Yesterday I ran across a problem where I needed to compare the resultant string from a query on a Sybase database and an Oracle database. The Oracle result involved pulling back a single row that was delimted with an unusual character, Extended Ascii Char 0001.
Due to the code page of my viewing tool the character appeared as Extended ASCII character 0218 but, when I tried to paste the character into a confluence page for documenatation purposes it didn’t appear (since it is actually the non-printable character 0001) likewise it wouldn’t appear in Eclipse where a co-worker needed it.
Why would we need the character? Well because in the Sybase database to get the equivalent string we need to concatenate about 8 columns. Initially we were just going to concatenate them with this odd character as the delimiter (we didn’t realize it was ASCII 0001 yet). However, once things started to resolve into being more complicated we decided, instead that we would use the Oracle TRANSLATE function to replace the special character with another, safer, printable delimiter - the pipe | .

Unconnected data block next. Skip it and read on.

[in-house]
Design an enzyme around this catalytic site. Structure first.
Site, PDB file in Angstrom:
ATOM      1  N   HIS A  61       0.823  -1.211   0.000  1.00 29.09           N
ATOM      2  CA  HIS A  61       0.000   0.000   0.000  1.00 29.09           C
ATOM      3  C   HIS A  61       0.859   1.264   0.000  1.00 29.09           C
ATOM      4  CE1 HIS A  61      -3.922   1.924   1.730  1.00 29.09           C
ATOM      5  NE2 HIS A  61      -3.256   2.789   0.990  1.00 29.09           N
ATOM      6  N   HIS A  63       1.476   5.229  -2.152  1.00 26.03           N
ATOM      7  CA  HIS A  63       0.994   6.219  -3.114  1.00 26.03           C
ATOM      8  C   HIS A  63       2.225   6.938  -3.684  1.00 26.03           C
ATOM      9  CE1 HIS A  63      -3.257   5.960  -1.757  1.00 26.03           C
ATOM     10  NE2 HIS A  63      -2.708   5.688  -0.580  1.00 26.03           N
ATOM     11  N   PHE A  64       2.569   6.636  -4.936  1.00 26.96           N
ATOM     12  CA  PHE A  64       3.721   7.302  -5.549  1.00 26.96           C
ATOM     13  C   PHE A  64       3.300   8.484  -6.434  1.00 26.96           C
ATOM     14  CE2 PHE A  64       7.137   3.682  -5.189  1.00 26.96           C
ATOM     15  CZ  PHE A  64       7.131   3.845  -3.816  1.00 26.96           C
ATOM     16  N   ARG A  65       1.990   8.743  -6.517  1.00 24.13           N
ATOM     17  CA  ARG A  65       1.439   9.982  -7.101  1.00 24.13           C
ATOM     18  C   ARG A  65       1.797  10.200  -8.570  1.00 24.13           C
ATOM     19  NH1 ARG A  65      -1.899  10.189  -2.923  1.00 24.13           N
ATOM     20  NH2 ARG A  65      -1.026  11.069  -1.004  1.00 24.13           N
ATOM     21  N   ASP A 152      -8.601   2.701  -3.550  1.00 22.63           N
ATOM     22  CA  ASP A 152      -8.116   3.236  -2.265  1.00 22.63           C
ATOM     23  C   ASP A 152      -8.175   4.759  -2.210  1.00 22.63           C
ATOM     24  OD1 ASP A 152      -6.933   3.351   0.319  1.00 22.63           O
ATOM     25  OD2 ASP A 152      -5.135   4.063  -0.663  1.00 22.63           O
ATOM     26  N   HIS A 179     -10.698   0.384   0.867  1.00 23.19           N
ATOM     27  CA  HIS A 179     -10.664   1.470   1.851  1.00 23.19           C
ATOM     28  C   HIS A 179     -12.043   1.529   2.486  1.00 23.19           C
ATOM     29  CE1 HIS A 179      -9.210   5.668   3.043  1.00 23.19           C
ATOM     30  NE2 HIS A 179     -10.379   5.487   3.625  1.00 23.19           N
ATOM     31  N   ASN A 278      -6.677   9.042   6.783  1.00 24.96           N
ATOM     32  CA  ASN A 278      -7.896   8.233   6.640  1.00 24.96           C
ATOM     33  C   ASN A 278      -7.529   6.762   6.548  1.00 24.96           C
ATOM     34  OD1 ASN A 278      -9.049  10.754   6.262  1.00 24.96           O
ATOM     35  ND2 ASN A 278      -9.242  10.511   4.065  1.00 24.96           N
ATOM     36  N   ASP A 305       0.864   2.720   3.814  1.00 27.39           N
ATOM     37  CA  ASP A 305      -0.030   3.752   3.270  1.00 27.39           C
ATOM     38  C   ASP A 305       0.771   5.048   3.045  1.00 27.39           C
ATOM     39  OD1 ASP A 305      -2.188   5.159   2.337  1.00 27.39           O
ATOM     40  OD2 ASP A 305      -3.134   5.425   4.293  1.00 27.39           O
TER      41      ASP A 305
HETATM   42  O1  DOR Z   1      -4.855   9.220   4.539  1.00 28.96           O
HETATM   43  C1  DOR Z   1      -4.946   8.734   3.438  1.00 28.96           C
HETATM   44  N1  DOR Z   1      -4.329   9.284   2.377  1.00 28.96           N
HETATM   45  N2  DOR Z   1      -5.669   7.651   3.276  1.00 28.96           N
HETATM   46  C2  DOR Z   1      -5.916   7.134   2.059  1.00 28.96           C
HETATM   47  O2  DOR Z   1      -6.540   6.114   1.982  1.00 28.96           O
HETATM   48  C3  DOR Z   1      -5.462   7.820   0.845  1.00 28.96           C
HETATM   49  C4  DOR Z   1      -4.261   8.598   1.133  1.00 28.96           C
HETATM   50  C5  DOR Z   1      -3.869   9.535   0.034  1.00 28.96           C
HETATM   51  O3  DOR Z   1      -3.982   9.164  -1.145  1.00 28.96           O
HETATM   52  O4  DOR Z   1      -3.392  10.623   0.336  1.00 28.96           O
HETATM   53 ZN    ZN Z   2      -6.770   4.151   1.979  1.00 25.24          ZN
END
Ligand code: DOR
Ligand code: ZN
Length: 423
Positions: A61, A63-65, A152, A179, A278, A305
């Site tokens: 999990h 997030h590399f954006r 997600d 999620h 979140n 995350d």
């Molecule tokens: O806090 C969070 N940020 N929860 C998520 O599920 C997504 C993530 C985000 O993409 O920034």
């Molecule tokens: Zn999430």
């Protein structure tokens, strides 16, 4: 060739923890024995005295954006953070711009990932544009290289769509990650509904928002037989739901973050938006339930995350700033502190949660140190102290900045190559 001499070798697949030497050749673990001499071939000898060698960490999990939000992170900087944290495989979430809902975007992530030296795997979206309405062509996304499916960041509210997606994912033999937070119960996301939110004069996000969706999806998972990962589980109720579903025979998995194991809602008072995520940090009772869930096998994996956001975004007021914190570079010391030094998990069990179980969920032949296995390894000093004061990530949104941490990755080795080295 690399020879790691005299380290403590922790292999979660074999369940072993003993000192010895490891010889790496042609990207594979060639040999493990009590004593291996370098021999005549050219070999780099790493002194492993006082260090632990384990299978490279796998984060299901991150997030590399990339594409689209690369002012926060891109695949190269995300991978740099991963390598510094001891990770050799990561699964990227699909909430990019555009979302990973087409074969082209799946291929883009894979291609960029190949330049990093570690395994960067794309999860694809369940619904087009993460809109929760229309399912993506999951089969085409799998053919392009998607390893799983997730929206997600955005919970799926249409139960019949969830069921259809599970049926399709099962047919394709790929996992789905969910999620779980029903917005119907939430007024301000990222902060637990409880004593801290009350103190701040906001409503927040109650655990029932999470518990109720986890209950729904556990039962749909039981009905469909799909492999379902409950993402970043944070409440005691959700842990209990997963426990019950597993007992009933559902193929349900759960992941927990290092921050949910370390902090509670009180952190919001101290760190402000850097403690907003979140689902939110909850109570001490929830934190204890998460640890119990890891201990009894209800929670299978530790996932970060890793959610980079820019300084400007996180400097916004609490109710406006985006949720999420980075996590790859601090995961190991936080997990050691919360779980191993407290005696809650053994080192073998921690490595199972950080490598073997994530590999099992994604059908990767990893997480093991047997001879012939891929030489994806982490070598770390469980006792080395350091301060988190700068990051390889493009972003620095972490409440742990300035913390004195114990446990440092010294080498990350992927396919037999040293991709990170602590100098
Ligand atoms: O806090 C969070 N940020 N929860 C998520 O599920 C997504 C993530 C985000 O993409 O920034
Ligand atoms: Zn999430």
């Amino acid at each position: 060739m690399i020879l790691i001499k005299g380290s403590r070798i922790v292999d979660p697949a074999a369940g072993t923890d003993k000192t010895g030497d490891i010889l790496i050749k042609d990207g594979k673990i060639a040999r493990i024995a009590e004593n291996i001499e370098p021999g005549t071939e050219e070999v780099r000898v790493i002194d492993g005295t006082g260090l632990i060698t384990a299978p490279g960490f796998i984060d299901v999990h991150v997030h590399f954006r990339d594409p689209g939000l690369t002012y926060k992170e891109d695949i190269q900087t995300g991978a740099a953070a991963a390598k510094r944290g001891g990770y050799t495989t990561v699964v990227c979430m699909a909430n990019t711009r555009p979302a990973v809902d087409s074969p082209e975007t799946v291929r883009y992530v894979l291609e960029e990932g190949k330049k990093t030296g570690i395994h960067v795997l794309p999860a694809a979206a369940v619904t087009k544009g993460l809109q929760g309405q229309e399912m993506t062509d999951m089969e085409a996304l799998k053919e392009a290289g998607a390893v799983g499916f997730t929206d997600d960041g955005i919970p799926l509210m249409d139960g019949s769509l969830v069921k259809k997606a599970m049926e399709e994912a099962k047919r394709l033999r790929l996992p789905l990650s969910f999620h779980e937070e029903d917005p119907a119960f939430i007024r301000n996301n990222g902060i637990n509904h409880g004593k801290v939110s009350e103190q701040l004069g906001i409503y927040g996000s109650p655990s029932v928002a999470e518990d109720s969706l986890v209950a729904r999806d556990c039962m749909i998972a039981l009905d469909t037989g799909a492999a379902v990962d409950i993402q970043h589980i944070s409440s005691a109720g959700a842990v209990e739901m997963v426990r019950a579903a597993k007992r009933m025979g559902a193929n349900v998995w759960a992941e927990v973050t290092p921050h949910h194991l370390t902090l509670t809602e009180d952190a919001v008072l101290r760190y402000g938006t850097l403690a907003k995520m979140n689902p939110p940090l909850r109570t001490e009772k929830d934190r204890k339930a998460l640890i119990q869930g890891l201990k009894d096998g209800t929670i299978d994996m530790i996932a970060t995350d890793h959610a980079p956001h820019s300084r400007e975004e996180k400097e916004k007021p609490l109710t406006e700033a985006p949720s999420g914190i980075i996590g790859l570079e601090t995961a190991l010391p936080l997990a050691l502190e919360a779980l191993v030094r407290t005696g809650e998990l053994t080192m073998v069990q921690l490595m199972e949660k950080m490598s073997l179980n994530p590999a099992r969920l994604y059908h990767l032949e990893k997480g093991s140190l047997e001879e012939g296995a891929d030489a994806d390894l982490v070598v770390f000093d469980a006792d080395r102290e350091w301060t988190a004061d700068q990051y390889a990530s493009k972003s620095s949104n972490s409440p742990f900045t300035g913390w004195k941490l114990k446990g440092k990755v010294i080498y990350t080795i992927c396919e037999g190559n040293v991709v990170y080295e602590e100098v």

This reduced the number of times I needed to be able to print the weird character in either eclipse or confluence to once however the problem still persisted that the odd character wouldn’t show up (obviously). Thus I had to use the ASCII function in Oracle to figure out the character value of each character in a specific record returned. At this point I had isolated the character as 0001. However I wasn’t entirely sure how to tell the TRANSLATE function to look for unicode 0001. Fortunately there is a function for that as well - UNISTR(‘\0001\)
Thus, my final query had a line it it like so: